19. Cultivating a strong Sense of Community is a clear goal for community builders. Develop a strong sense of community, and you’ve built a community experience that sparks a more meaningful and connected community that your members will love. A strong sense of community means: An integrated community where members feel personally related An impactful community where a member can influence and be influenced by the group. A fulfilling community where members meet the needs of others and can feel rewarded. A shared community, where users undergo common history, time together, and social experiences. Do you believe you’ve developed a strong sense of community? Follow long as we critically examine the first element in the Sense of Community: Membership. Membership Boundaries of communities have always existed, whether it be neighborhoods, social groups, or online communities. By definition, there are people who belong and people who do not. It’s okay to decline membership to users, thereby providing a more comfortable space for members who are accepted. Here are some time-tested tips from my years of community management that touch upon various attributes of membership: Don’t try to be everything to everyone. It’s far better to be an exclusive community to a smaller, impassioned group of users than to dilute your community for a wide audience. Not everybody deserves to belong, and by intentionally removing irrelevant members, it makes it a more purposeful community for those who can join. Define who should belong, and outline the requirements on your Registration screen and Guest Sign-up widget. Boundaries are walls, but safe walls. Although there’s the pain of rejection and isolation of private communities, it’s offset with the positive benefits of joining. It creates a space where members can feel safe to open up, to feel related to one another, and to feel protected. Reinforce the benefits of joining the community to new members in a welcome message. A new sense of identification. Not only do members join the group, they should develop an extended sense of belonging and identity with the group. The more strongly you can define the sense of belongingness, the more deeply the member will feel connected. There should be a feeling of acceptance, an expectation that one fits in, and a willingness to sacrifice for the group. Create a welcome team that immediately reaches out both publicly and privately, ask how the new member can contribute, and constantly highlight how the community has gone above-and-beyond in members helping members. The higher the boundary, the greater the reward. Personal investment is an important contributor to a member’s feeling of group membership. By working for a membership, a member will feel like he’s earned a place – and that the membership will be more meaningful and valuable. You can ask guests for their accreditations, background, or how they can contribute to the community. The power of symbols. Social groups throughout history have long used symbols, icons, ceremonies, and group language to cultivate a unique sense of identity. These conventions are powerful representations of a group. You can cultivate and write a common language in your Invision Community in large ways and small by uploading unique reactions, changing the language string, and celebrating community-specific holidays and events. As you re-evaluate your community framework with me, take the time to outline what it means to be a member of your community. Defining your membership goes hand-in-hand with defining your purpose. It should touch upon these five attributes of membership: boundaries, emotional safety, sense of belonging, personal investment, and common symbolism. Establish clear distinctions for your community’s membership qualifications, and you’ll be able to develop a deep Sense of Community from the very start of a member’s registration. Share with me and others how you've defined your community's membership in the comments below. I love to hear about other Invision Communities. Joel, Invision Community Advocate and Certified Community Manager View the full article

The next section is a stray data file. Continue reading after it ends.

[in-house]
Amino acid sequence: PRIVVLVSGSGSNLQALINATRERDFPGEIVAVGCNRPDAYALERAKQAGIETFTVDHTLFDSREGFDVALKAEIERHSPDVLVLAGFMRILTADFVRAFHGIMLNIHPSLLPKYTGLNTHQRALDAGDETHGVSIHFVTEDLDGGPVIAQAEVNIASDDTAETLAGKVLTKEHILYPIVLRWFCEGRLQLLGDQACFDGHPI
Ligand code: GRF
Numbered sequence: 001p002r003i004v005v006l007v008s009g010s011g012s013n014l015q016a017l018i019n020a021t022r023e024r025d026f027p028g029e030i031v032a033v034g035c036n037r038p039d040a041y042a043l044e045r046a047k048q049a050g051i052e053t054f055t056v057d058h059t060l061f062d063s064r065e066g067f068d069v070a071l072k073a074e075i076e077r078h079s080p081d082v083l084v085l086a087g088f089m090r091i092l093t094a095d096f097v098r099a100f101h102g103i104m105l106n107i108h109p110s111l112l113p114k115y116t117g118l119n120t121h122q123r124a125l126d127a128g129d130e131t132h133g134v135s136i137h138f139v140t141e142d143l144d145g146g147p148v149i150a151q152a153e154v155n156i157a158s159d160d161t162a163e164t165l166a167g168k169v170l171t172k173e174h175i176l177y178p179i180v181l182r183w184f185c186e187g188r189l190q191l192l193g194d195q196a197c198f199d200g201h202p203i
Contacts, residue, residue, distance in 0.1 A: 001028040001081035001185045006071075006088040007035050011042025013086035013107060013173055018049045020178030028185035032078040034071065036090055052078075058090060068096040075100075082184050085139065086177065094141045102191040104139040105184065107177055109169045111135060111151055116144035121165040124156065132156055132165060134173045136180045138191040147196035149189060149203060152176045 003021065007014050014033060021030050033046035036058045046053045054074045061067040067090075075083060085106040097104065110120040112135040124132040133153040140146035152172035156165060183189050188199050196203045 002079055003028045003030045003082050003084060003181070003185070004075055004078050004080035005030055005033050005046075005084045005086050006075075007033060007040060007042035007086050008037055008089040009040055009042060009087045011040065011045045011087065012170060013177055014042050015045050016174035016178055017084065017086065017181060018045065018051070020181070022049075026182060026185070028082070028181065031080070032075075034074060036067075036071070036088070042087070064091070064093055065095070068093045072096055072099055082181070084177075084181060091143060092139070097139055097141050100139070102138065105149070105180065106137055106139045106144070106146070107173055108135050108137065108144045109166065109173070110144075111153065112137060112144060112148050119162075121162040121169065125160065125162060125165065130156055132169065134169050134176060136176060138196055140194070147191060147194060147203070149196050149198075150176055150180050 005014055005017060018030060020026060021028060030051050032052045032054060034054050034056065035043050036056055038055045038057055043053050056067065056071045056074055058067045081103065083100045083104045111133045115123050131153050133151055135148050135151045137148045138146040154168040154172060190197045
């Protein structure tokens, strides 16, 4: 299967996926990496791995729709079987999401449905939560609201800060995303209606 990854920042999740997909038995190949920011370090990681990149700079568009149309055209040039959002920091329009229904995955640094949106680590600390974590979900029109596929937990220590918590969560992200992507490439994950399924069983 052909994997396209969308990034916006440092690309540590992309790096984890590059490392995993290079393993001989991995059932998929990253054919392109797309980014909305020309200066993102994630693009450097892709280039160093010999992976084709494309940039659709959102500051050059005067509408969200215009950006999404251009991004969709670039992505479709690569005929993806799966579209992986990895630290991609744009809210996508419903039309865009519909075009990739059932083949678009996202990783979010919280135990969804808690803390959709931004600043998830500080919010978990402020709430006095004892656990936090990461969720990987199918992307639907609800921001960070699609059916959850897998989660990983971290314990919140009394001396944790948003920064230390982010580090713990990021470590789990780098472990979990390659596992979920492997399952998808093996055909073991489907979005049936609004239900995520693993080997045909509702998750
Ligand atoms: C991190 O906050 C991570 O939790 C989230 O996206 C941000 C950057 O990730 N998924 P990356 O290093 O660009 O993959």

20. Invision Community is used by some of the world's biggest game brands, proudly enabling gamers to connect with the creators of their favourite titles. These sites attract millions of visitors between them and thousands of posts are added daily because of their high profile. But what if you're just starting out, how do you convert casual visitors to members, and what's the best way to set up your community? I got talking to new customer Darrell, interestingly named Mr. Fierce God on our community. While you may expect that this portrays a fire and brimstone hothead, you'd be wrong as Darrell is one of the nicest people you'll meet. Darrell runs the Fierce Gaming Network and I was impressed by the way he's set up his site and wanted to share my thoughts on what he's done well. The first thing I noticed is that the forum index is not the home page for the site. For a gaming community that wants to focus on more than just user conversations, this is a good move. Let's break it down. A. The home page has multiple points of entry, and the sidebar menu unobtrusively offers short-cuts to various parts of the community. B. We have a large call to action to either login or register. This box also explains the benefits of registration clearly and enforces that registration is a very quick process. One optimisation that may be worth looking at here is to add the "Sign in with Facebook / Microsoft" buttons on the box to persuade even more to register right away. C. Fierce Gaming Network also makes great use of Clubs to segment their audience to specific software titles. Re-using instantly recognisable artwork as the club cover image will entice fans of those games to visit. Scrolling down a little shows the "Member of the month". As humans, we are drawn to faces instantly, and this humanises the site and "unmasks" some of the popular members, making the site less intimidating. Moving down a little more we see the "Our Picks" section which highlights the best content from the community. Our Picks is a great way to get visitors to engage with your content. Good use of cover images draws attention and makes it clear the kind of content you're going to read. Darrell makes great use of several lnvision Community apps to build the site, and has set it up well. New users get to the site see handpicked content, fellow members and the benefits of joining all in one place. It's a great start and I look forward to seeing Darrell's site succeed. Are you using Invision Community to build custom homepages for your community? Share them in the comments below. View the full article